Dynamightgiveitamiss No.1: A new ‘c’ word

January 4, 2011

“So where do you want to meet?”
“Well, you could come round to the Coffice.”
“The what?”
“The Coffice. It’s a coffee shop.”
“Never heard of it.”
“Well, it’s actually a branch of a coffee shop chain, but I take my laptop to do some work there, so I call it the Coffice.”
“Er, right. So Starbucks at 12, yes?”
“Sounds good. Twelve pm. In my Coffice.”
“In Starbucks, you mean.”
“I prefer to call it the Coffice. Because it’s like an office, but in a coffee shop. You mix the words together and make a new one. It’s creative. You see?”
“Well, yes, I understand the general concept of how portmanteau words come into being, and the English language is endlessly malleable, but there’s really no point in inventing a new term if the end result makes your meaning less precise. If you mean Starbucks, just say ‘Starbucks’. Or if you want to meet in Costa, just say ‘Costa’. ‘Coffice’ could mean anywhere. And it sounds ugly and joyless. Like ‘coffin’.”
“Hmph. That’s just the typical narrow-minded thinking of your average office drone. I’m a Coffice worker, pal. I can work anywhere – well, I say anywhere, but obviously it has to be somewhere with decent wifi access – and I make my own rules. There are millions of us. Just you wait until Chris Ward publishes his book about Coffice working. The guy’s made millions, and he’s mates with Fiona Phillips and Jamie Theakston, and he helped get Tony Blair elected or something.”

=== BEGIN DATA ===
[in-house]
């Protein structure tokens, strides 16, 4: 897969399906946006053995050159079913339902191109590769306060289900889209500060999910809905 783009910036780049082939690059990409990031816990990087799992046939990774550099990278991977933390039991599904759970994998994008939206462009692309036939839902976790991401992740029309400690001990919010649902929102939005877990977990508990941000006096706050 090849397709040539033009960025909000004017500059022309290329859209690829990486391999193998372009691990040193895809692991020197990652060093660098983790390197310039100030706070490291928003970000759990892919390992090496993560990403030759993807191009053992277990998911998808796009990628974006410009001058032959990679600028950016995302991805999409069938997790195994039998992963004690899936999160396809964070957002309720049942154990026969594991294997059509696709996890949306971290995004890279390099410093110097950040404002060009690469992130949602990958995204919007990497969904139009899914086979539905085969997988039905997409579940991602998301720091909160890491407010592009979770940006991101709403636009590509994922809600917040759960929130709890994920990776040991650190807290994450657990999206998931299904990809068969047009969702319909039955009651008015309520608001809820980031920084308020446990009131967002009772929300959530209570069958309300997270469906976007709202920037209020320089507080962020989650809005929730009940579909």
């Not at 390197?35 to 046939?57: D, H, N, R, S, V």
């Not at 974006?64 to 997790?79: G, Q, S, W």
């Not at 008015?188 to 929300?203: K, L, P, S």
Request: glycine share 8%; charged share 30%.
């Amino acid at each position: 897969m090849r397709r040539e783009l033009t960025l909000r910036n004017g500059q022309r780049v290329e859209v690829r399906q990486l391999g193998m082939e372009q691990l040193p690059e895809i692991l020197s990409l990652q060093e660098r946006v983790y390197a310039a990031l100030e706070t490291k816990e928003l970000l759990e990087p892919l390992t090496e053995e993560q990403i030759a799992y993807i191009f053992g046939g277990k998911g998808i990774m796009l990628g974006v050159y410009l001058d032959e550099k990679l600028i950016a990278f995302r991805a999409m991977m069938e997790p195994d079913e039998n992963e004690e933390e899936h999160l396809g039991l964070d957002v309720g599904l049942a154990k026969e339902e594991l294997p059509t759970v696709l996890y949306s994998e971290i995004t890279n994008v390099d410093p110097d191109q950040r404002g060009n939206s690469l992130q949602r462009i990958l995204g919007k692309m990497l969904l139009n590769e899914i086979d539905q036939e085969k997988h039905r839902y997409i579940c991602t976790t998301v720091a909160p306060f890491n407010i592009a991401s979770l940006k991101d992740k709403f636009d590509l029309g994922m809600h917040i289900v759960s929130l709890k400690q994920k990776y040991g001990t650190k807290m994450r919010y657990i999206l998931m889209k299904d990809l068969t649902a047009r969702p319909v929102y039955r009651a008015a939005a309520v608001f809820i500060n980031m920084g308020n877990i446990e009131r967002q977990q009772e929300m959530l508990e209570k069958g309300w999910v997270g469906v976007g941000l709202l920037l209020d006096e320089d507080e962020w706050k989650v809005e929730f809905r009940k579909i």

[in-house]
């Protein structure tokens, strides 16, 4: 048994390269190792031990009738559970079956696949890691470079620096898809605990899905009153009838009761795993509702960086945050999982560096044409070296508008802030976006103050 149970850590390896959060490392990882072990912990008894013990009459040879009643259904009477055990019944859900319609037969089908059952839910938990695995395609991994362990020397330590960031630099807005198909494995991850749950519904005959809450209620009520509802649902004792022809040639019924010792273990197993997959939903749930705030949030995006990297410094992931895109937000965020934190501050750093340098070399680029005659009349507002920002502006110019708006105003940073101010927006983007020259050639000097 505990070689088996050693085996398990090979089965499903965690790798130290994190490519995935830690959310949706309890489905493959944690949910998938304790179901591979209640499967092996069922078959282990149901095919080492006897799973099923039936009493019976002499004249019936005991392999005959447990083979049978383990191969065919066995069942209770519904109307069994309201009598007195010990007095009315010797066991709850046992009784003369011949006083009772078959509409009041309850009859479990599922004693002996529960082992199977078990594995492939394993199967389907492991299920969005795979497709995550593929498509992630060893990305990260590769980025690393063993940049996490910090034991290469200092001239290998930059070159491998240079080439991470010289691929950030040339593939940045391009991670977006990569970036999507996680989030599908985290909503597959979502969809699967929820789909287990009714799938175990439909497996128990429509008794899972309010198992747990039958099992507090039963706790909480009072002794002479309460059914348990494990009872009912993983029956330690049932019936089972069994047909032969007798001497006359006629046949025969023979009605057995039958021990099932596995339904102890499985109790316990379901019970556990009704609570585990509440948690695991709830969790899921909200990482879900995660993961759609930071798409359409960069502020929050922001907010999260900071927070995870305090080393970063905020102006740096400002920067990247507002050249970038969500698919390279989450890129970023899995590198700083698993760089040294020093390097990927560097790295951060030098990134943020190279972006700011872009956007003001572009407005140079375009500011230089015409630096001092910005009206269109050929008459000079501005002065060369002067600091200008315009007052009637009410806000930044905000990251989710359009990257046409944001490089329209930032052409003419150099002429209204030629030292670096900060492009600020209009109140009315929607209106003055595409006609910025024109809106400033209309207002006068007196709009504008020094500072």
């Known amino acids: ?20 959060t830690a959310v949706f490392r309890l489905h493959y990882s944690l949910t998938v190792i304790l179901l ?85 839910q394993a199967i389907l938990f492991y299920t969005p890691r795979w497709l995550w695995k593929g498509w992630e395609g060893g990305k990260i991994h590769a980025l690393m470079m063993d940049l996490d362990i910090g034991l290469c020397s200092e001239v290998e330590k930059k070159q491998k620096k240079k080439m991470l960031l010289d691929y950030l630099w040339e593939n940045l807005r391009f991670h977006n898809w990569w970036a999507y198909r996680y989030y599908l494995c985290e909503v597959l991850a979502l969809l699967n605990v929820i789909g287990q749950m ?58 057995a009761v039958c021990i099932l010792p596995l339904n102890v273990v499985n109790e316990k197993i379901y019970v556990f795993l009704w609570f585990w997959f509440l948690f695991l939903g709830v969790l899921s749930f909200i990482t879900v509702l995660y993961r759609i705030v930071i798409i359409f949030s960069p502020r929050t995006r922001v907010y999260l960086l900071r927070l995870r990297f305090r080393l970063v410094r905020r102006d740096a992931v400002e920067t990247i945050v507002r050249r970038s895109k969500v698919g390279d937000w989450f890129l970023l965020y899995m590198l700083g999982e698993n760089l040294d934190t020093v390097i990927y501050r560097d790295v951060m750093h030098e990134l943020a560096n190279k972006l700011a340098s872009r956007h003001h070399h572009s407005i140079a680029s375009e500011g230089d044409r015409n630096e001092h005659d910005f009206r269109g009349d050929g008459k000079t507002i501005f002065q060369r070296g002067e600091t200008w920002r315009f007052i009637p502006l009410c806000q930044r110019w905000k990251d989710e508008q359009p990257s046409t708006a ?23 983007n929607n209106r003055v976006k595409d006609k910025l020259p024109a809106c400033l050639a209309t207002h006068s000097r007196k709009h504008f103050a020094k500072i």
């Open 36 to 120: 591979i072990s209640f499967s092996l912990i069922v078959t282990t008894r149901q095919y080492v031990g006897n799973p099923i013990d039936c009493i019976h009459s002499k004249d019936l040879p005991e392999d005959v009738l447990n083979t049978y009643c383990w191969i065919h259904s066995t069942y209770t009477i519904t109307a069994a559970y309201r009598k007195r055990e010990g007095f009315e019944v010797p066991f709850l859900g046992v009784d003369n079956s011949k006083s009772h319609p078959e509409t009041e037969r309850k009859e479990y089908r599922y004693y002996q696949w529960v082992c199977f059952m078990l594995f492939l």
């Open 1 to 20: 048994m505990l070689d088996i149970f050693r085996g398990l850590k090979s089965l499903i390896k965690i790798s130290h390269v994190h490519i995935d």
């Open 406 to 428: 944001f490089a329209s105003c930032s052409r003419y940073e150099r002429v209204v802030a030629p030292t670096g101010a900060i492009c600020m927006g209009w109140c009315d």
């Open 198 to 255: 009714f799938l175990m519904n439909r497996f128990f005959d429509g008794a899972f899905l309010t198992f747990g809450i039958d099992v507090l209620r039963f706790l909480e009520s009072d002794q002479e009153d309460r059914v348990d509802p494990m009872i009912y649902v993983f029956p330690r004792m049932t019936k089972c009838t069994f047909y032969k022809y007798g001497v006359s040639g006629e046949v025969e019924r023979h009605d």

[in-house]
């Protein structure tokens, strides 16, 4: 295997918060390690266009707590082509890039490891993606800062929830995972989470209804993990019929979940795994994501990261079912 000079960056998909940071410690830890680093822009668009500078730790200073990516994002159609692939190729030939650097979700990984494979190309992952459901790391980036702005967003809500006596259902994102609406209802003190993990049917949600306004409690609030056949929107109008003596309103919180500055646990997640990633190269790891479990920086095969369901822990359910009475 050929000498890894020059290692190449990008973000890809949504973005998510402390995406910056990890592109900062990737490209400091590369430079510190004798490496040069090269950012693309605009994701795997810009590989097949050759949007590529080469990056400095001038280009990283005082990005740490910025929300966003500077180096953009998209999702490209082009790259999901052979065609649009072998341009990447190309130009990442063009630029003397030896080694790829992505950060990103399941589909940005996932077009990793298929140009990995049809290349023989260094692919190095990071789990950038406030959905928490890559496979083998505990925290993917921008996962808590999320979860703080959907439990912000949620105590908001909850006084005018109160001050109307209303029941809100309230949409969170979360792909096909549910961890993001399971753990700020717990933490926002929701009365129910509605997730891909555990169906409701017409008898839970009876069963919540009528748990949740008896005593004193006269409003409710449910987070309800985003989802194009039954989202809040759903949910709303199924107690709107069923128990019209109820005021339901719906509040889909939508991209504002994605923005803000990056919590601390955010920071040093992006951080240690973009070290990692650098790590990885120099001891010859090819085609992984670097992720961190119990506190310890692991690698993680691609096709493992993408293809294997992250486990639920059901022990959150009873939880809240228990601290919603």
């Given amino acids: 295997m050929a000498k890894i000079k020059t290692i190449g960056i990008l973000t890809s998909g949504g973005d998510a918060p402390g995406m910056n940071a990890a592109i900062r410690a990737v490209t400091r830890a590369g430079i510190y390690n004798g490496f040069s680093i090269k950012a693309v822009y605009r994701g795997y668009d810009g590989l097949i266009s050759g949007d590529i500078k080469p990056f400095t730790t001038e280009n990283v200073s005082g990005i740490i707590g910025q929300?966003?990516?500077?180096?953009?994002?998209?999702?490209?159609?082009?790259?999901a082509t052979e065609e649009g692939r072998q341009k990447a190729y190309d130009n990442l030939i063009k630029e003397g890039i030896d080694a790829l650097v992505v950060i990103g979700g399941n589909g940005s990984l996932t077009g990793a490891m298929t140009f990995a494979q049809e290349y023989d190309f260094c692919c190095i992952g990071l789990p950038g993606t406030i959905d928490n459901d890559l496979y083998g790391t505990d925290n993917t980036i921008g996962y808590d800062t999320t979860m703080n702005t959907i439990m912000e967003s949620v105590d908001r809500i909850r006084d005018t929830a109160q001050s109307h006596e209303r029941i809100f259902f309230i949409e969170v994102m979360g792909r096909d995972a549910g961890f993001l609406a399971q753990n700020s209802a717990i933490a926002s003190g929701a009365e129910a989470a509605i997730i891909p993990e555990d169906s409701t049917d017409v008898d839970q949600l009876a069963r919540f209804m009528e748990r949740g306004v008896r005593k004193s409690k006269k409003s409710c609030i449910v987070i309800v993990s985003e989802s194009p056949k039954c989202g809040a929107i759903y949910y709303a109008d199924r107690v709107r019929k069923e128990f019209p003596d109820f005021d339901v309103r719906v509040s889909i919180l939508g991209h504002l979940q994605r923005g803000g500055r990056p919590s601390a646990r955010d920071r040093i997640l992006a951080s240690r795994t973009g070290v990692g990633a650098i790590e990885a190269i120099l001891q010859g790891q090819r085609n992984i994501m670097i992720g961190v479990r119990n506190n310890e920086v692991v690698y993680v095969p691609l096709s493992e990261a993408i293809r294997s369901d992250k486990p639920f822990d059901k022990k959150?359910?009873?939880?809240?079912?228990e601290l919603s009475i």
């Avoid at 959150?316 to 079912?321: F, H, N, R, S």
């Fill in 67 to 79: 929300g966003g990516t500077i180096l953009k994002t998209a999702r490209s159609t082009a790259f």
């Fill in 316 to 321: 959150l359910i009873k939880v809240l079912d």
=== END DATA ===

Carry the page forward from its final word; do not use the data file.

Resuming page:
“Ah, I see. So you don’t think this guy is overstating the extent of this supposedly huge change in working practices chiefly as a means to sell books? And how would ordinary customers feel if – or when – the place they go to for a quiet coffee becomes a squat for pushy entrepreneurs?”
“Every revolution has its casualties, my friend.”
“About that meeting. On second thought, come round to mine for coffee. I’ve just bought a Nespresso, so we can probably get some work done in the kiffice.”

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